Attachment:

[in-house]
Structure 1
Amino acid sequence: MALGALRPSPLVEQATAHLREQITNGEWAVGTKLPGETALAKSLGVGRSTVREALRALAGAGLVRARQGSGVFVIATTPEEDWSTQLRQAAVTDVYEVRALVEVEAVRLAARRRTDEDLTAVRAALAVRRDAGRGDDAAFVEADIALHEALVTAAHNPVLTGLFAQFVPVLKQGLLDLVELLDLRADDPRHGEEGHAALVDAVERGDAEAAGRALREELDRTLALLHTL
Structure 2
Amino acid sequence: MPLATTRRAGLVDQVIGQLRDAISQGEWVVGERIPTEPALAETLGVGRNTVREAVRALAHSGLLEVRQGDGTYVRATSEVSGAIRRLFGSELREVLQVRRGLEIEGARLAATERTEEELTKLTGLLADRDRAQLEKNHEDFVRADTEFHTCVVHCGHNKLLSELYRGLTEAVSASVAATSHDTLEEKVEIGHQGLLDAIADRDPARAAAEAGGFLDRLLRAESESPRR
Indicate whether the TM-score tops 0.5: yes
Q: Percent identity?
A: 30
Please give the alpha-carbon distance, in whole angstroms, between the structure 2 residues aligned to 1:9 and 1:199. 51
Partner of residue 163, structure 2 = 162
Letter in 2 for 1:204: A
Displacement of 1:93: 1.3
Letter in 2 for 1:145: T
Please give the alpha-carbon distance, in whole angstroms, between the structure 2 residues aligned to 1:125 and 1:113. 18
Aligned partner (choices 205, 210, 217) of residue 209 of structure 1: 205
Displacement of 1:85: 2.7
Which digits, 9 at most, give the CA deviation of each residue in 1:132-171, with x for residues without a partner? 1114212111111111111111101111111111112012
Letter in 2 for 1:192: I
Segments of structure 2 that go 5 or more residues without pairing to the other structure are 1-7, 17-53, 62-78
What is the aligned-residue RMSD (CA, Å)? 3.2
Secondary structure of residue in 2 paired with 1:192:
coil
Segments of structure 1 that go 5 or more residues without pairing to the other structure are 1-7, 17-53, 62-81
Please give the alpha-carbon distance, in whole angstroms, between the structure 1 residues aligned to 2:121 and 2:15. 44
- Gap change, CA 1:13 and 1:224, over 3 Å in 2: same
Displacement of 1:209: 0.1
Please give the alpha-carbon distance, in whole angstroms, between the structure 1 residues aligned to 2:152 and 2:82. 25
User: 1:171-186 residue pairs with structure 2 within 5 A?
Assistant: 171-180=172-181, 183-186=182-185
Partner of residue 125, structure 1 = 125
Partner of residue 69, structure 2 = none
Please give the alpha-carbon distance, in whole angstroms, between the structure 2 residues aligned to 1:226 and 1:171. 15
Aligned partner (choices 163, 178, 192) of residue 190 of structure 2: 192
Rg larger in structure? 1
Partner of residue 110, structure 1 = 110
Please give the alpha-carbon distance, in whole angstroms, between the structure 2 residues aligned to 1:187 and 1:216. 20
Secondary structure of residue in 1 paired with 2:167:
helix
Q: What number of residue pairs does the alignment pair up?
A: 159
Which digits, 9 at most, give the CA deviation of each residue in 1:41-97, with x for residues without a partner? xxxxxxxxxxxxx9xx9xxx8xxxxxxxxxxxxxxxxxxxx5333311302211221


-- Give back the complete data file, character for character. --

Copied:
[in-house]
Structure 1
Amino acid sequence: MALGALRPSPLVEQATAHLREQITNGEWAVGTKLPGETALAKSLGVGRSTVREALRALAGAGLVRARQGSGVFVIATTPEEDWSTQLRQAAVTDVYEVRALVEVEAVRLAARRRTDEDLTAVRAALAVRRDAGRGDDAAFVEADIALHEALVTAAHNPVLTGLFAQFVPVLKQGLLDLVELLDLRADDPRHGEEGHAALVDAVERGDAEAAGRALREELDRTLALLHTL
Structure 2
Amino acid sequence: MPLATTRRAGLVDQVIGQLRDAISQGEWVVGERIPTEPALAETLGVGRNTVREAVRALAHSGLLEVRQGDGTYVRATSEVSGAIRRLFGSELREVLQVRRGLEIEGARLAATERTEEELTKLTGLLADRDRAQLEKNHEDFVRADTEFHTCVVHCGHNKLLSELYRGLTEAVSASVAATSHDTLEEKVEIGHQGLLDAIADRDPARAAAEAGGFLDRLLRAESESPRR
Indicate whether the TM-score tops 0.5: yes
Q: Percent identity?
A: 30
Please give the alpha-carbon distance, in whole angstroms, between the structure 2 residues aligned to 1:9 and 1:199. 51
Partner of residue 163, structure 2 = 162
Letter in 2 for 1:204: A
Displacement of 1:93: 1.3
Letter in 2 for 1:145: T
Please give the alpha-carbon distance, in whole angstroms, between the structure 2 residues aligned to 1:125 and 1:113. 18
Aligned partner (choices 205, 210, 217) of residue 209 of structure 1: 205
Displacement of 1:85: 2.7
Which digits, 9 at most, give the CA deviation of each residue in 1:132-171, with x for residues without a partner? 1114212111111111111111101111111111112012
Letter in 2 for 1:192: I
Segments of structure 2 that go 5 or more residues without pairing to the other structure are 1-7, 17-53, 62-78
What is the aligned-residue RMSD (CA, Å)? 3.2
Secondary structure of residue in 2 paired with 1:192:
coil
Segments of structure 1 that go 5 or more residues without pairing to the other structure are 1-7, 17-53, 62-81
Please give the alpha-carbon distance, in whole angstroms, between the structure 1 residues aligned to 2:121 and 2:15. 44
- Gap change, CA 1:13 and 1:224, over 3 Å in 2: same
Displacement of 1:209: 0.1
Please give the alpha-carbon distance, in whole angstroms, between the structure 1 residues aligned to 2:152 and 2:82. 25
User: 1:171-186 residue pairs with structure 2 within 5 A?
Assistant: 171-180=172-181, 183-186=182-185
Partner of residue 125, structure 1 = 125
Partner of residue 69, structure 2 = none
Please give the alpha-carbon distance, in whole angstroms, between the structure 2 residues aligned to 1:226 and 1:171. 15
Aligned partner (choices 163, 178, 192) of residue 190 of structure 2: 192
Rg larger in structure? 1
Partner of residue 110, structure 1 = 110
Please give the alpha-carbon distance, in whole angstroms, between the structure 2 residues aligned to 1:187 and 1:216. 20
Secondary structure of residue in 1 paired with 2:167:
helix
Q: What number of residue pairs does the alignment pair up?
A: 159
Which digits, 9 at most, give the CA deviation of each residue in 1:41-97, with x for residues without a partner? xxxxxxxxxxxxx9xx9xxx8xxxxxxxxxxxxxxxxxxxx5333311302211221